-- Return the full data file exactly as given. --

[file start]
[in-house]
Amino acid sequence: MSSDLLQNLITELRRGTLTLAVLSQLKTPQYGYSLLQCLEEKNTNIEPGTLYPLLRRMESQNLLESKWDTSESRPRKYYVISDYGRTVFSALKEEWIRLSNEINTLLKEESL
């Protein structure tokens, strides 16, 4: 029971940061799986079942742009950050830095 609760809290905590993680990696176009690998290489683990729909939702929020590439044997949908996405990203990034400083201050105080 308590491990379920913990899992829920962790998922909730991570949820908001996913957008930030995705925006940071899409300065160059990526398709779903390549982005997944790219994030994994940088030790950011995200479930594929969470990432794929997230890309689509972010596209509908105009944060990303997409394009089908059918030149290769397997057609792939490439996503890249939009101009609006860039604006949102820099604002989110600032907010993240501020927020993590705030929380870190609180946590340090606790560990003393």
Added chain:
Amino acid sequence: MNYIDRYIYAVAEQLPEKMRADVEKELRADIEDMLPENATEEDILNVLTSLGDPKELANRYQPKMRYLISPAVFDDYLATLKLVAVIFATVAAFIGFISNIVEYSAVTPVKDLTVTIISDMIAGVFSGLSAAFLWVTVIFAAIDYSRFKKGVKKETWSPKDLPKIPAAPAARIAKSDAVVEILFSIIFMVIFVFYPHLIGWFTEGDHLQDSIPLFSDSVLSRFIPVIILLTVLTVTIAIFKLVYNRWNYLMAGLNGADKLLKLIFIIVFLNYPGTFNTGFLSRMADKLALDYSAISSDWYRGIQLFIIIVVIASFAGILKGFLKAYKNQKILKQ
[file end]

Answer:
[in-house]
Amino acid sequence: MSSDLLQNLITELRRGTLTLAVLSQLKTPQYGYSLLQCLEEKNTNIEPGTLYPLLRRMESQNLLESKWDTSESRPRKYYVISDYGRTVFSALKEEWIRLSNEINTLLKEESL
């Protein structure tokens, strides 16, 4: 029971940061799986079942742009950050830095 609760809290905590993680990696176009690998290489683990729909939702929020590439044997949908996405990203990034400083201050105080 308590491990379920913990899992829920962790998922909730991570949820908001996913957008930030995705925006940071899409300065160059990526398709779903390549982005997944790219994030994994940088030790950011995200479930594929969470990432794929997230890309689509972010596209509908105009944060990303997409394009089908059918030149290769397997057609792939490439996503890249939009101009609006860039604006949102820099604002989110600032907010993240501020927020993590705030929380870190609180946590340090606790560990003393």
Added chain:
Amino acid sequence: MNYIDRYIYAVAEQLPEKMRADVEKELRADIEDMLPENATEEDILNVLTSLGDPKELANRYQPKMRYLISPAVFDDYLATLKLVAVIFATVAAFIGFISNIVEYSAVTPVKDLTVTIISDMIAGVFSGLSAAFLWVTVIFAAIDYSRFKKGVKKETWSPKDLPKIPAAPAARIAKSDAVVEILFSIIFMVIFVFYPHLIGWFTEGDHLQDSIPLFSDSVLSRFIPVIILLTVLTVTIAIFKLVYNRWNYLMAGLNGADKLLKLIFIIVFLNYPGTFNTGFLSRMADKLALDYSAISSDWYRGIQLFIIIVVIASFAGILKGFLKAYKNQKILKQ